Everywhere in the hot sunshine you seem to see them; slaving and sweating, with bleeding hands and straining sinews, under the whips of the overseers, to the sound of the band music that drowned the cries; dragging and pushing and rolling, and by some magic means we shall never know, raising the huge blocks of stone into their places, and rubbing their surfaces together till the joints were invisible.

Inner courtyard at Angkor Wat
Inner courtyard at Angkor Wat. Photo: Harmeet Sehgal

All along the courts and galleries, where the celestial dancer smile down from the walls, and boygone battles were fought again in the carven panorama, it needs little efforts of imagination to hear the tapping of ghostly chisels, or the faint clink as one is laid down to exchange for another. And as you walk softly along the endless galleries of bas-reliefs in the shade made luminous by the glare outside, instinctively you keep well clear of the inner walls, for fear of disturbing the sculptors who, you fancy, look up as you pass from where the squat or stand, or down from their flimsy bamboo scaffolding, with the same dumb, sad glance that their descendants give you when you meet them on the roads or forest parts of Cambodia today.

Stairway to the main tower at Angkor Wat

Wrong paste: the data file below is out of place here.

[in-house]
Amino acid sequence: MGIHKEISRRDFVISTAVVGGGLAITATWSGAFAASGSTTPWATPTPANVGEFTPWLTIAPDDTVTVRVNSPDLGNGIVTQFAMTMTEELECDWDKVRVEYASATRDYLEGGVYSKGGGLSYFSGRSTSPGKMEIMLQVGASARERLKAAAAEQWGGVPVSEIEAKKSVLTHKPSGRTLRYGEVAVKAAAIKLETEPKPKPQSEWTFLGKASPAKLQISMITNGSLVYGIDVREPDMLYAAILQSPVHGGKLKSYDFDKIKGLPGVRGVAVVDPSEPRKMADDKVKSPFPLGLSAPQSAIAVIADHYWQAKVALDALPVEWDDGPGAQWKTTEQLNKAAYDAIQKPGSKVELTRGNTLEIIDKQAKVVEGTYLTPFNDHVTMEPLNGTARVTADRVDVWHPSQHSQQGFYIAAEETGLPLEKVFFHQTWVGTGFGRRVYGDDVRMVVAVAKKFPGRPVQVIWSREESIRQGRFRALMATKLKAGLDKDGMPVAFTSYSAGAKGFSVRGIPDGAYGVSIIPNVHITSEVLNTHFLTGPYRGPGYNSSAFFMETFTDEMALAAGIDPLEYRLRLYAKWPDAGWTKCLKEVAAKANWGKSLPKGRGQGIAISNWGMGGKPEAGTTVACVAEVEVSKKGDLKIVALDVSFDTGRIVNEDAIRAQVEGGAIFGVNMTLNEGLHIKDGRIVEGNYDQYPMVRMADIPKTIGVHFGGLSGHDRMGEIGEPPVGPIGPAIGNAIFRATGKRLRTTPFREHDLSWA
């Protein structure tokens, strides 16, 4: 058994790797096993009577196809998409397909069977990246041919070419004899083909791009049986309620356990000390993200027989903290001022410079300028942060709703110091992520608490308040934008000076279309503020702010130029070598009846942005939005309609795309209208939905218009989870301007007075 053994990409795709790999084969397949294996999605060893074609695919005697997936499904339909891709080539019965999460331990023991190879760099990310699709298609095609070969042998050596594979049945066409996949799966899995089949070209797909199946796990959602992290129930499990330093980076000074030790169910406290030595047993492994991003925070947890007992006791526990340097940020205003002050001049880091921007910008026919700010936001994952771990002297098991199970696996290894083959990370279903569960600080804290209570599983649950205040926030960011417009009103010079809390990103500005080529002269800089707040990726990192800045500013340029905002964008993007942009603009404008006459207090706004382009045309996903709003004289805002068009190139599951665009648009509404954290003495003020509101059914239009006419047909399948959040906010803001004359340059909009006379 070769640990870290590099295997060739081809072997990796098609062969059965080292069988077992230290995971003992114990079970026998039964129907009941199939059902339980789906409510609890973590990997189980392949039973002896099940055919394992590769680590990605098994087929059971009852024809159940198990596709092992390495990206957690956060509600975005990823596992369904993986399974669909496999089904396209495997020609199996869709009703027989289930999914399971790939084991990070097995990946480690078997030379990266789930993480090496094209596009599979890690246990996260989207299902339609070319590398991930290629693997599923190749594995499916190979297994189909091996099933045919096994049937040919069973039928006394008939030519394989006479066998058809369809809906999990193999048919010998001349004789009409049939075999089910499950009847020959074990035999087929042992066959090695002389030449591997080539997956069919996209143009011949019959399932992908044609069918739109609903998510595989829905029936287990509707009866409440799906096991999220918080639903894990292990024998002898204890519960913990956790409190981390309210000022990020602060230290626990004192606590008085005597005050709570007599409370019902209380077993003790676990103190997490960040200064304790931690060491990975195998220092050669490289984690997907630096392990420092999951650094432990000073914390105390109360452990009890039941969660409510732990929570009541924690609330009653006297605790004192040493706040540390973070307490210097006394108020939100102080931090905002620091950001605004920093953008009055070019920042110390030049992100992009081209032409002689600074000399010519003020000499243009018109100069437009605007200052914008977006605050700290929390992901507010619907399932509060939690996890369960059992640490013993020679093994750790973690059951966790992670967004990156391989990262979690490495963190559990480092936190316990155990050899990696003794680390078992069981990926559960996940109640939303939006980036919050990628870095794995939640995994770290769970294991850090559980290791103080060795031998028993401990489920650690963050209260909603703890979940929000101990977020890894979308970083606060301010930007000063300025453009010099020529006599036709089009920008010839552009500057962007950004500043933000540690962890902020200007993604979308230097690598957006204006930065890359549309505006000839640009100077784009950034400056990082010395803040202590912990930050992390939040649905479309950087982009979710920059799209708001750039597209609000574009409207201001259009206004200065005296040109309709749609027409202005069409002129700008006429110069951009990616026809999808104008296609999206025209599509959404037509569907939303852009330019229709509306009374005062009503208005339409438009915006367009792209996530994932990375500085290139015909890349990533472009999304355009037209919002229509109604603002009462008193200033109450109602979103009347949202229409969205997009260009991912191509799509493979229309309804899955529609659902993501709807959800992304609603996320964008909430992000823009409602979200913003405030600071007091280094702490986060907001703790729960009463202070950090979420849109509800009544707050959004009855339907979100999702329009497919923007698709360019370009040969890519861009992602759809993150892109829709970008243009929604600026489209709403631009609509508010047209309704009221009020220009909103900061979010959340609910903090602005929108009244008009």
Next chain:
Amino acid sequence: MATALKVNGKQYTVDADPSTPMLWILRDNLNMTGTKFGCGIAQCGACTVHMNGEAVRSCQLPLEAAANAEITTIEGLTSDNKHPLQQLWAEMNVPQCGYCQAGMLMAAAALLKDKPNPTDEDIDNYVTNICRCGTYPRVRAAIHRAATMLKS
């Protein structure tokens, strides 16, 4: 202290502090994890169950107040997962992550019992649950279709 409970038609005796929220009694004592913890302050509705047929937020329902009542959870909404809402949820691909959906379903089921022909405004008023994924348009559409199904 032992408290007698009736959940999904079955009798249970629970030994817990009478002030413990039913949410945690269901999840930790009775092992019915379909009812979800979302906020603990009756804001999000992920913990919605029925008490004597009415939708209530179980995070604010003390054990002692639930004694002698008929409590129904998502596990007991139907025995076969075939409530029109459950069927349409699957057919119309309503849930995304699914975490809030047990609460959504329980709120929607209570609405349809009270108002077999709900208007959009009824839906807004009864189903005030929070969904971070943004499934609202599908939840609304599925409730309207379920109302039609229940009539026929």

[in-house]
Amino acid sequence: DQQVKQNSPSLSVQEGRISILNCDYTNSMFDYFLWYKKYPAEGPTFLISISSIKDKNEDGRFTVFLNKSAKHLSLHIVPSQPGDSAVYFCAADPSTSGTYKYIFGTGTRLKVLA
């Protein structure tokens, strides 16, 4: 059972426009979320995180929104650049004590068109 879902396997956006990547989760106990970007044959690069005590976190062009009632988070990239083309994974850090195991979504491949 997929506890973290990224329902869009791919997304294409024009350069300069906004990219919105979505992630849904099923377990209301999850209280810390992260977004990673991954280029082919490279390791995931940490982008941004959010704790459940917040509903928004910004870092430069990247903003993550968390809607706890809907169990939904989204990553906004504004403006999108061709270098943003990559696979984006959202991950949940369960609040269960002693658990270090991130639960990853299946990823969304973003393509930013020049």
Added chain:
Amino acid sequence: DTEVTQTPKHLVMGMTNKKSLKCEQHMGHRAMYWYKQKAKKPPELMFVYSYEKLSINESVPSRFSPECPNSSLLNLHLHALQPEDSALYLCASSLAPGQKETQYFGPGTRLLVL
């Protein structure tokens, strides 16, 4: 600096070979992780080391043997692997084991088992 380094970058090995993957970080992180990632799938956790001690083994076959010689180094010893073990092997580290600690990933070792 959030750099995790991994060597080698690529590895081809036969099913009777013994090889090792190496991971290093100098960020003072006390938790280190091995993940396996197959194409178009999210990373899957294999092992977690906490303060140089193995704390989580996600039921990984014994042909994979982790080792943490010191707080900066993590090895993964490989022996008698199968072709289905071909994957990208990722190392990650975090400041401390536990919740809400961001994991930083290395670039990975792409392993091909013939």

Stairway to the main tower at Angkor Wat. Photo: Harmeet Sehgal

For the most part those highest courts of the Great Wat have about them all the peace of a mountain top, and are disturbed as rarely. You can be as solitary there as he who ‘went up alone into a mountain of pray’; and strangely enough, it is not at dawn or sunset that this lofty eyrie is loneliest, but at midday, and all the world seems to be sleeping in the shimmering sunshine.

sara carved into the walls of Angkor Wat
Apsara carved into the walls of Angkor Wat

The huge temple is submerged in a hot, breathless silence, into which the tiny twitter of a bat falls now and then like a drop of water into a pool; or perhaps a ‘totek’ lizard will startle the stillness with his queer hoarse call, repeating it more and more faintly until it dies away unfinished, as though he too had drifted off into dreams.